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The Story of Ed Force One

Image of Terry SmithTERRY SMITH tells the story of this Heavy Metal aircraft.

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During Bruce Dickinson’s six-year hiatus between 1993 to 1999 from fronting rock band Iron Maiden, he embarked on a solo career; but what interests us is that he trained to become certified as a pilot. When he re-joined the group they planned their 2008 tour and he came up with a way to reach as many fans as possible.

The three incarnations of 'Ed Force One'- all drew crowds of both aviation and rock fans at the world’s airports.

The band had been told that it was just not economically viable to visit places like India and Costa Rica. Dickinson thought that if you just loaded everything, the band, equipment, and support staff into one airplane, he could fly the band to an almost European-type itinerary, but on a global scale. Back then, Bruce was cleared to fly twin engine jets such as the 737 and the 757, the band and its management went with a Boeing 757 registered as G-OJIB for its 2008 to 2009 'Somewhere Back in Time' tour. It was dubbed 'Ed Force One' following a naming competition entered by fans. It was painted with the band’s mascot Eddie on the tail fin and the band’s name down the fuselage, with the plane ferrying them across four continents. It included stops in Australia, India, Japan, and several across South America.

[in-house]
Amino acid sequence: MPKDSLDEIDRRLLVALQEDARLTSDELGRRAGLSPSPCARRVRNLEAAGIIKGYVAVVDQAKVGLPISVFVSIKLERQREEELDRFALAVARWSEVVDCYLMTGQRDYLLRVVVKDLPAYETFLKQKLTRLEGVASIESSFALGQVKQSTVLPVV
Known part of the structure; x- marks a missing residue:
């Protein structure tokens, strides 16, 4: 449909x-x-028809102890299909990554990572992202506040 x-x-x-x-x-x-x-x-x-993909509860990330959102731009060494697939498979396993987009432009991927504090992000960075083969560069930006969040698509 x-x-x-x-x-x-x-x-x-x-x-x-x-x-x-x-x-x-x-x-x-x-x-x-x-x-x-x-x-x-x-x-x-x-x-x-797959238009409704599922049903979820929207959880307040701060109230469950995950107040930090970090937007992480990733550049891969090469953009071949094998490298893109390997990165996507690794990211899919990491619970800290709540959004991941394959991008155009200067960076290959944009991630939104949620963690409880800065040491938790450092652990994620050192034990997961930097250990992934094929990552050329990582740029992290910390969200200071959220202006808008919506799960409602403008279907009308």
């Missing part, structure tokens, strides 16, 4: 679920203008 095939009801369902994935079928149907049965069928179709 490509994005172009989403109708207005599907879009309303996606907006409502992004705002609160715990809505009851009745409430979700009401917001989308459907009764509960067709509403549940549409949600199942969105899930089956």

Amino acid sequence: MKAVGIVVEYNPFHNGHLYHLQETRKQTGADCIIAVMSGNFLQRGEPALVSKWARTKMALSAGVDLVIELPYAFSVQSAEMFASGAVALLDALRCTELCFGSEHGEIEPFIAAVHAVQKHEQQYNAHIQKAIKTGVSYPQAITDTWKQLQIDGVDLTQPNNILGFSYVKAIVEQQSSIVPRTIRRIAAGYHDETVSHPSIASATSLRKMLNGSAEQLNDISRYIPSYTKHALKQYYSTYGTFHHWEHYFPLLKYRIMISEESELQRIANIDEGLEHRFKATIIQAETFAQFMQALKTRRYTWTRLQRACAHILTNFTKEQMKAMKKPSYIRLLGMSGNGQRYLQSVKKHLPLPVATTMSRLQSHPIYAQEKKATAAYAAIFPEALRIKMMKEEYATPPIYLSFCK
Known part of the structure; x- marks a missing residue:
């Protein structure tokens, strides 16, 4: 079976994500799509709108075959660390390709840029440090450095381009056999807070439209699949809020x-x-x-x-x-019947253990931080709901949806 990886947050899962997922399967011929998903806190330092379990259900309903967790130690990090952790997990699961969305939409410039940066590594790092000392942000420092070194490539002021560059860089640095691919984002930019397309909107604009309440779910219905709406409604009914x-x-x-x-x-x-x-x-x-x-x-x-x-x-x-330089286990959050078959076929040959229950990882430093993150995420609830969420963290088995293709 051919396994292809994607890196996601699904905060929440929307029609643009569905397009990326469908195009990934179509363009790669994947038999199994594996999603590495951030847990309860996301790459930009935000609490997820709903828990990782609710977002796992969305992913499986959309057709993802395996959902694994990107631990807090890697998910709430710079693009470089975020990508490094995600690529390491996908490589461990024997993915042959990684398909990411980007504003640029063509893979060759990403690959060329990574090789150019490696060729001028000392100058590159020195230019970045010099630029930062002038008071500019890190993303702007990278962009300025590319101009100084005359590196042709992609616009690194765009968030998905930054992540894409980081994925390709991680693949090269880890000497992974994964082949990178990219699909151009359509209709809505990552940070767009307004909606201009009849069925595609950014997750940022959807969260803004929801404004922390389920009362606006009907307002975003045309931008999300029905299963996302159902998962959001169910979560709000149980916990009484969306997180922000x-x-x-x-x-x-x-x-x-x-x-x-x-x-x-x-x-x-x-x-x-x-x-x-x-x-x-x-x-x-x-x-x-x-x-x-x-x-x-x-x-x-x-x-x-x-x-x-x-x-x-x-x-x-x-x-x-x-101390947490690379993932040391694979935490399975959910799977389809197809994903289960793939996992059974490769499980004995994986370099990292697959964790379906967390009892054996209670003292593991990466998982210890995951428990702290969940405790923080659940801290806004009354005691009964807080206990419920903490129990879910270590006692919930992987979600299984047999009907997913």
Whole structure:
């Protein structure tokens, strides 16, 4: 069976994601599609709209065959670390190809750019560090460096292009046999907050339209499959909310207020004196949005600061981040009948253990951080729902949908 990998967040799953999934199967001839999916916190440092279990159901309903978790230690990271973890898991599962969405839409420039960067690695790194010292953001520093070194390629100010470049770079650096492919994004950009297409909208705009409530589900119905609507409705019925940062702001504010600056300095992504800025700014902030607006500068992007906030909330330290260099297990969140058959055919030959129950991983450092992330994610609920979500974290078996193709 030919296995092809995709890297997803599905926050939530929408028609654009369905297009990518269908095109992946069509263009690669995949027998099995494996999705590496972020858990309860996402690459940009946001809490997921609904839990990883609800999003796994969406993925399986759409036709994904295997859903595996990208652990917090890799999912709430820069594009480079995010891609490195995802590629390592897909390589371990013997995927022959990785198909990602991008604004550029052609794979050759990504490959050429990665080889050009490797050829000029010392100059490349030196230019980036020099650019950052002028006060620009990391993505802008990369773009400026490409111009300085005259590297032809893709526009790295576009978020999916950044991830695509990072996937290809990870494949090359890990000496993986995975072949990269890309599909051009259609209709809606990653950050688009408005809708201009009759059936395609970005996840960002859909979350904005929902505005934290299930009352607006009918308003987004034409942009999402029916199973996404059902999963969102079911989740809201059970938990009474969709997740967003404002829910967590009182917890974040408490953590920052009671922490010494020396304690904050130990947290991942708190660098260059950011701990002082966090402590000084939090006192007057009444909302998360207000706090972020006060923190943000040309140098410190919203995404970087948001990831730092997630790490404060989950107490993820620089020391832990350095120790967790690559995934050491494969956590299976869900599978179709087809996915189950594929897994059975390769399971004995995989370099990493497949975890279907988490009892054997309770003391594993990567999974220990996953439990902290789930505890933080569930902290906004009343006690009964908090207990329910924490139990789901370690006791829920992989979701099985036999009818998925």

747-400 TF-AAK flying on a leg of the 2016 Iron Maiden 'Book of Souls Tour'.

The aircraft, along with the second 757 to bear an Iron Maiden livery, G-STRX, both came from Dickinson’s 'day job' airline, Gatwick based charter carrier Astraeus. The band had originally intended to use the same plane for its second, 'Final Frontier' airborne tour in 2011 as it had back in 2008-2009. However, a last-minute change saw the group embark on its next world tour with G-STRX instead. The plane took Iron Maiden to no less than 39 countries, where the band performed a total of 100 shows.

Looking every inch an airline pilot and not a rock star, Bruce Dickinson is also a world class swordsman, and owns his own brewery!

Dickinson obtained his four-engined accreditation in 2015 and decided to use this to good effect for the band's upcoming 2016 'Book of Souls' tour. The band wanted the tour to feature one of the loudest sound systems and elaborate stages to ever to travel the world, it was transported in Iron Maiden’s famed Boeing 747-400 TF-AAK. The Jumbo started her career with Air France in 2003 and left the French flag-carrier for more northern climes in 2015 joining the fleet of Air Atlanta Icelandic. The Boeing was configured to take between 70-130 passengers with space for beds, the rest of the plane carried a sizeable amount of stage equipment.

TF-AAK undertook a massive world tour as outlined on the nose of the aircraft.

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Having been flown by Dickinson literally around the world with stops in countries including China, Japan, South Africa, Australia, and across North and South America, Ed Force One dropped off from the tour in June 2016. When it was returned from its mission of ferrying one of the most famous heavy metal bands of all time, it operated one more flight with the livery. It ferried 350 Icelandic soccer fans to a Euro 2016 match between Iceland and Hungary in Marseille. Will we ever see it’s like again? I am not so sure we ever will.

Herpa Wings will have produced models of all three versions of Ed Force One, once the two 757s are released in May/June in two different scales.

HA535250 Boeing 757-200 Iron Maiden 2008 Tour G-OJIB (1:500)

HA535267 Boeing 757-200 Iron Maiden 2011 Tour G-STRX (1:500)

HA613255 Snapfit Boeing 757-200 Iron Maiden 2008 Tour (1:200)

HA613262 Snapfit Boeing 757-200 Iron Maiden 2011 Tour (1:200)

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